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What's the best way to handle when a senior executive shows up at a scheduled meeting, states he's attending this meeting and would like to go first with his piece of information and input.  He's not on the attendee list or even cares about the agenda content.

Is it appropriate to politely excuse oneself and return when he has finished "his" agenda as I have not prepared for his surprise drive by and potential questions?

 

 

donm's picture

No. It is not appropriate to excuse yourself. You're in his room. You're on his time. You're answering to his requests.

After the meeting, you can politely and without rancor ask him to let you know in advance if he wants some of the meeting time so you can adjust the agenda accordingly. Whatever his answer, say, "Thank you" and go about your job. What he did was not right, but it's not your place to correct your boss.

dtiller's picture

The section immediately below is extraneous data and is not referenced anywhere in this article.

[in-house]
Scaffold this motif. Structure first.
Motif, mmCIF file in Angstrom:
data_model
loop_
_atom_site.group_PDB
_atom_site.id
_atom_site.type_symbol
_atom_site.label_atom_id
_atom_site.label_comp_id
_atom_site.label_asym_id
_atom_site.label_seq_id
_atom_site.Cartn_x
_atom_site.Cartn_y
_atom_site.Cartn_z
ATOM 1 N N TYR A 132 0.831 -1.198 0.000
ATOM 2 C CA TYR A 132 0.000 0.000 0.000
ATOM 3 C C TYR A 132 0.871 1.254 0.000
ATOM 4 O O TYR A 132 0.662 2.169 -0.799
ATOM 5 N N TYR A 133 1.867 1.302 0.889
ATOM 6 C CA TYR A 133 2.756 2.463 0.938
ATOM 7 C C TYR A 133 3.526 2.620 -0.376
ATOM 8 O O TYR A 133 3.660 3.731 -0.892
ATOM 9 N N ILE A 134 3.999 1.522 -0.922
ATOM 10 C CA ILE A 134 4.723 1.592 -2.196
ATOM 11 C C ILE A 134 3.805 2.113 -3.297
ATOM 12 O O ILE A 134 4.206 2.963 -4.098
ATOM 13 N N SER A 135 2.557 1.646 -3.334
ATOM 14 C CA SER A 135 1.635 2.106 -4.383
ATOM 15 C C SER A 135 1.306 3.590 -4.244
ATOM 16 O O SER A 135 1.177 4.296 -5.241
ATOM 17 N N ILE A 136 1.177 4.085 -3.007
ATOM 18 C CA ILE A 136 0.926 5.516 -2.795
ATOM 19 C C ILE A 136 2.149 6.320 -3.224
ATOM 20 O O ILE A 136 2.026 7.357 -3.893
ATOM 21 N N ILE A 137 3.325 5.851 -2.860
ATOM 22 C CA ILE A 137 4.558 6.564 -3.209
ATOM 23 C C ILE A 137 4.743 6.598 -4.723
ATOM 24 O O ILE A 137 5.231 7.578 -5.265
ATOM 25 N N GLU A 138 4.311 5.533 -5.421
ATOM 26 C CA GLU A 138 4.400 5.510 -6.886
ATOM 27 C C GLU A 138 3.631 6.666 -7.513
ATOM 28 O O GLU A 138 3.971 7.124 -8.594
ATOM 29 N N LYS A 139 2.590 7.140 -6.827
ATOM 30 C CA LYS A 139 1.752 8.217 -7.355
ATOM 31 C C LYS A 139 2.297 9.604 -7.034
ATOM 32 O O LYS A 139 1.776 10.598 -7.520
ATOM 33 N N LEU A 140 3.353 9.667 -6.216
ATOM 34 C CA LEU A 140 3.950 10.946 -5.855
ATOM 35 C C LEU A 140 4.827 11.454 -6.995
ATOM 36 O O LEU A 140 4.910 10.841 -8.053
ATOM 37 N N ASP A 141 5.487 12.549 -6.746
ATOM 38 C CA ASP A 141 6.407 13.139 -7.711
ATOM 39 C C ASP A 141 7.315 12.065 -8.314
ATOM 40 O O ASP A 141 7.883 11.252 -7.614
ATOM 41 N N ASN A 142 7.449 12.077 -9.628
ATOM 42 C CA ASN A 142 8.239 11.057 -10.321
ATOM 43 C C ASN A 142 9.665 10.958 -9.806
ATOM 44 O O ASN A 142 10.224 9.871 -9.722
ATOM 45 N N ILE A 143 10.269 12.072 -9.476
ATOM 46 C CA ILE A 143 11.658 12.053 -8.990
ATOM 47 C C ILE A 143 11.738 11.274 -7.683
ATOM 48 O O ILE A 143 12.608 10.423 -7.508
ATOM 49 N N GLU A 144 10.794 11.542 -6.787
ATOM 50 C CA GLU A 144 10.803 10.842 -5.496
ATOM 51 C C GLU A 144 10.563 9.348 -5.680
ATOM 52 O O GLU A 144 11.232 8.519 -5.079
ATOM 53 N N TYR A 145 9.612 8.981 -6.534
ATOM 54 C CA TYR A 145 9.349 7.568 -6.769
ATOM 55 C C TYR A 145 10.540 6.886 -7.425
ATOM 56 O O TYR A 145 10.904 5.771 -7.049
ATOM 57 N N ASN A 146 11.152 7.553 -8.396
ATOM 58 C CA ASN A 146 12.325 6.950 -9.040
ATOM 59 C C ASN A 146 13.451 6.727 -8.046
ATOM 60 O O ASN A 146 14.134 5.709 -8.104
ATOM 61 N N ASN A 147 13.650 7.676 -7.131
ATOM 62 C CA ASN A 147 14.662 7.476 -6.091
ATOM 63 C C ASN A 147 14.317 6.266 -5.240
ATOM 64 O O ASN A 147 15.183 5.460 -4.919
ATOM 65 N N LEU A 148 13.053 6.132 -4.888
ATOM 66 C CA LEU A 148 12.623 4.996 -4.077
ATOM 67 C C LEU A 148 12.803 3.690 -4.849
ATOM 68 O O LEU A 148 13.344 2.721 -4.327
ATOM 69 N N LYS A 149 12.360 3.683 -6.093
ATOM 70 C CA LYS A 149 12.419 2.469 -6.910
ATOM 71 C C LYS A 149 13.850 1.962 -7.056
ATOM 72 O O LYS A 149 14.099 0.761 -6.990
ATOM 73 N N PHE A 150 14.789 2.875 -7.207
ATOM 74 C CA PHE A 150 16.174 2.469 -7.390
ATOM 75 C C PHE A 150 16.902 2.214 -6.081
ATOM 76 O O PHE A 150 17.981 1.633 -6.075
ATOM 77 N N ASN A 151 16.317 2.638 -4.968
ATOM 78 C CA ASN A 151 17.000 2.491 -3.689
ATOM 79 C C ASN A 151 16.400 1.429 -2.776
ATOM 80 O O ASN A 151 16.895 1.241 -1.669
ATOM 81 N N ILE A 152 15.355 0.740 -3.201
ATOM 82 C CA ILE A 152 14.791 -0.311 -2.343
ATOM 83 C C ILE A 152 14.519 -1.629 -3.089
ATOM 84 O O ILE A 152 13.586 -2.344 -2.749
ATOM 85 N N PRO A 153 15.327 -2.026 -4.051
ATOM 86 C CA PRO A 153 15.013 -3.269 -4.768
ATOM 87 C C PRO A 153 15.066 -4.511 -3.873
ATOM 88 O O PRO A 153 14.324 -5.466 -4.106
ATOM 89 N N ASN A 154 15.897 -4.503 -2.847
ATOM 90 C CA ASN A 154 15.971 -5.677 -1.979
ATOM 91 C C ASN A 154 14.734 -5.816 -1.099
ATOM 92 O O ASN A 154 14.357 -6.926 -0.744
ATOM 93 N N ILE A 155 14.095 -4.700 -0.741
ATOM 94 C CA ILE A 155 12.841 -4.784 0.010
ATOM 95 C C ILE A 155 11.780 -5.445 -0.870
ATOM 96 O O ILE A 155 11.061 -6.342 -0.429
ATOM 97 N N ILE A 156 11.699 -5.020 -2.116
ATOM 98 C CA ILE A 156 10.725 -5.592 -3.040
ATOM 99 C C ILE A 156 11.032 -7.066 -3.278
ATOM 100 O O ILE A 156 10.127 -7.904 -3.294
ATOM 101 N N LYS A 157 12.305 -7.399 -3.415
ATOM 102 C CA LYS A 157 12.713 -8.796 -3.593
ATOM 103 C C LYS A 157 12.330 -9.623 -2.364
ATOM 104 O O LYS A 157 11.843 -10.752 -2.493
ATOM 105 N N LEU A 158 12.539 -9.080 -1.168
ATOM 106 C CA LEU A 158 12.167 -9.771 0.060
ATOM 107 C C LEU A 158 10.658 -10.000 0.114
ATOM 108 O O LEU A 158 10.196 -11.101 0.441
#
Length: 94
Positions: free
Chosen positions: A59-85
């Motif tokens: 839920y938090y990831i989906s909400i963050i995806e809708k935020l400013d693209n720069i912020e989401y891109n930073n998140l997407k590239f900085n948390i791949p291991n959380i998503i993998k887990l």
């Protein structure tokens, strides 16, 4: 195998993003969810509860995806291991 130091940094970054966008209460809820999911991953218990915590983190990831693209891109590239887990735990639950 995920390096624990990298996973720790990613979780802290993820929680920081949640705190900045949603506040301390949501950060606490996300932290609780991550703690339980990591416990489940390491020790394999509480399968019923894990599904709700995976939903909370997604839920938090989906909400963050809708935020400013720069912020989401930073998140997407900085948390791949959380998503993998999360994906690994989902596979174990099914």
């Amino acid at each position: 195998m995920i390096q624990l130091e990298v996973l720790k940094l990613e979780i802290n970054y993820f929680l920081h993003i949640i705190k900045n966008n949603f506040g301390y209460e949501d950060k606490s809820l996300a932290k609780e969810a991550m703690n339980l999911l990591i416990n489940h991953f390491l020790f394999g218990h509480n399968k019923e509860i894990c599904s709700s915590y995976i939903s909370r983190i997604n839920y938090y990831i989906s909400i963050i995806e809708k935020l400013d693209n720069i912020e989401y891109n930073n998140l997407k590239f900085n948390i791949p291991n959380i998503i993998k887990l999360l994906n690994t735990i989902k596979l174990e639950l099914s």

I am not sure that I understand your issue.  Are you saying that a senior executive, higher than you, has arrived unannounced and asked for time with your team to deliver a message and you want to know if it's ok to duck out? 

Why would you not want to stay and hear the message?  Also, if he has questions, are you trying to avoid and only want to answer questions when a notice period is included? 

I'm probably being too harsh here but seems to me this is a one off and you go with it, be polite, answer to the best of your ability and move on with your day.  If this is your staff meeting, there is always next week or if this is a project meeteing that was overtaken then reschedule at a later time.

Would love to hear what I am missing.

Dawne

SouthernDad's picture

I've had this happen to me.  I agree with DONM's assessment.  I used the same approach.  Later the same day, I spoke with the executive.  I told him that I understood his need to share the news with my department but would appreciate a heads up, whether by email or phone so that WE could be on the same sheet of music.  He quickly agreed with me, apologized and it has never happened again.

Earlier in my career, I would pop in to lower managers while they were meeting with their subordinates.  I got the wrong impression of my managers from doing this.  They were unprepared for my arrival and worse for me to take over the meeting.  It would make them nervous and disrupt their meeting.  Not one manager ever mentioned it to me.  They just continued on as if all was fine.  Now I never show up without a heads up message.